TAMPA — The book at the heart of a public corruption trial that opened in federal court Monday isn't an incriminating diary or an account ledger with notations of kickbacks.
It's got cartoons of microbes, tonsils and Buddy the germ-fighting cop.
It's called Travel Boy Helps Sebastian, and depending on who is doing the talking, it's either an educator's passion or a tool to defraud Hillsborough County taxpayers.
The federal fraud trial of that book's author opened Monday with prosecutors saying she conspired with her husband, a Hillsborough County Head Start supervisor, and a second supervisor to get the agency to buy 750 copies of the book for $9,000.
Johana Melendez Santiago, who wrote the book, husband Michael Jimenez, the agency's former fiscal manager, and Head Start supervisor Marie Mason each face three charges: conspiracy, fraud in obtaining more than $5,000 from a government agency and fraud in depriving citizens of honest services.
U.S. Attorney Robert O'Neill told jurors in opening statements that the three pushed through the purchase despite misgivings of others who thought the book was inappropriate for its intended, pre-kindergarten audience.
But defense attorneys said no criminal intent existed and the three defendants did nothing wrong — saying the purchase was above board.
Lawyer Jeff Brown, representing Santiago, said his client, a microbiologist who has taught at Hillsborough Community College, was an educator who went through Head Start herself as a child and wanted to give back.
"People don't always do things for money," Brown said. "Sometimes they do things for passion."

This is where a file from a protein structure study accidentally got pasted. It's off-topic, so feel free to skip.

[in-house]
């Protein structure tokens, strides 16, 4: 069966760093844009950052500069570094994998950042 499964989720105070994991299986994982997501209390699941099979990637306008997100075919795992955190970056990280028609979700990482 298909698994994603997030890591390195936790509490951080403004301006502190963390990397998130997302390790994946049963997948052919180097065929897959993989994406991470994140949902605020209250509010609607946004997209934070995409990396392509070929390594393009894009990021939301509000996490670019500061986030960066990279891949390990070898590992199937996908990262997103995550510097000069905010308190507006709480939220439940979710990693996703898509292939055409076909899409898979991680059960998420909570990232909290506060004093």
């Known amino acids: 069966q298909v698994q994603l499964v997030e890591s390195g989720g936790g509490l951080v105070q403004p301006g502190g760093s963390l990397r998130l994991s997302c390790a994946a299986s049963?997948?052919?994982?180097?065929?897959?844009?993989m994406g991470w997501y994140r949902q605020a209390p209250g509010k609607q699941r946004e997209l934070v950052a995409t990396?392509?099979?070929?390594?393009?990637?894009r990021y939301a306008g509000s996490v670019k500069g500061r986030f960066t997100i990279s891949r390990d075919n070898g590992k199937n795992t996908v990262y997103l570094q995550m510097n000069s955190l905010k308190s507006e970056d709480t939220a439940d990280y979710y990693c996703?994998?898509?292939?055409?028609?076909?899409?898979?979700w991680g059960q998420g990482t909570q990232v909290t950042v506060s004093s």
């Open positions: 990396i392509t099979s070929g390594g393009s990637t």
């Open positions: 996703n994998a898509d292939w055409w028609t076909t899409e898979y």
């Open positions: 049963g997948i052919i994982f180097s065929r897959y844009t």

The case is expected to last several days. Head Start director Louis Finney is expected to be called to the stand today.
Finney's testimony is especially anticipated because he formerly invoked his Fifth Amendment right against self-incrimination when he was called before a grand jury earlier this year. He faces no charges in the case.
O'Neill, the U.S. Attorney for the middle district of Florida, also is handling the prosecution of former Hillsborough Commissioner Kevin White on corruption and bribery charges.
O'Neill has made public corruption a top priority for his office, which has jurisdiction from Jacksonville to Naples. O'Neill has said
After court, O'Neill said he has no intention of personally handling all public corruption cases his office prosecutes. He noted he had pledged to keep active in the courtroom when he was first under consideration for the job.
White's attorney, Grady Irvin, sat in the audience during opening statements of the Head Start trial, saying he was interested in watching a public corruption case as he prepares White's defense.
William R. Levesque can be reached at email@example.com or (813) 226-3432.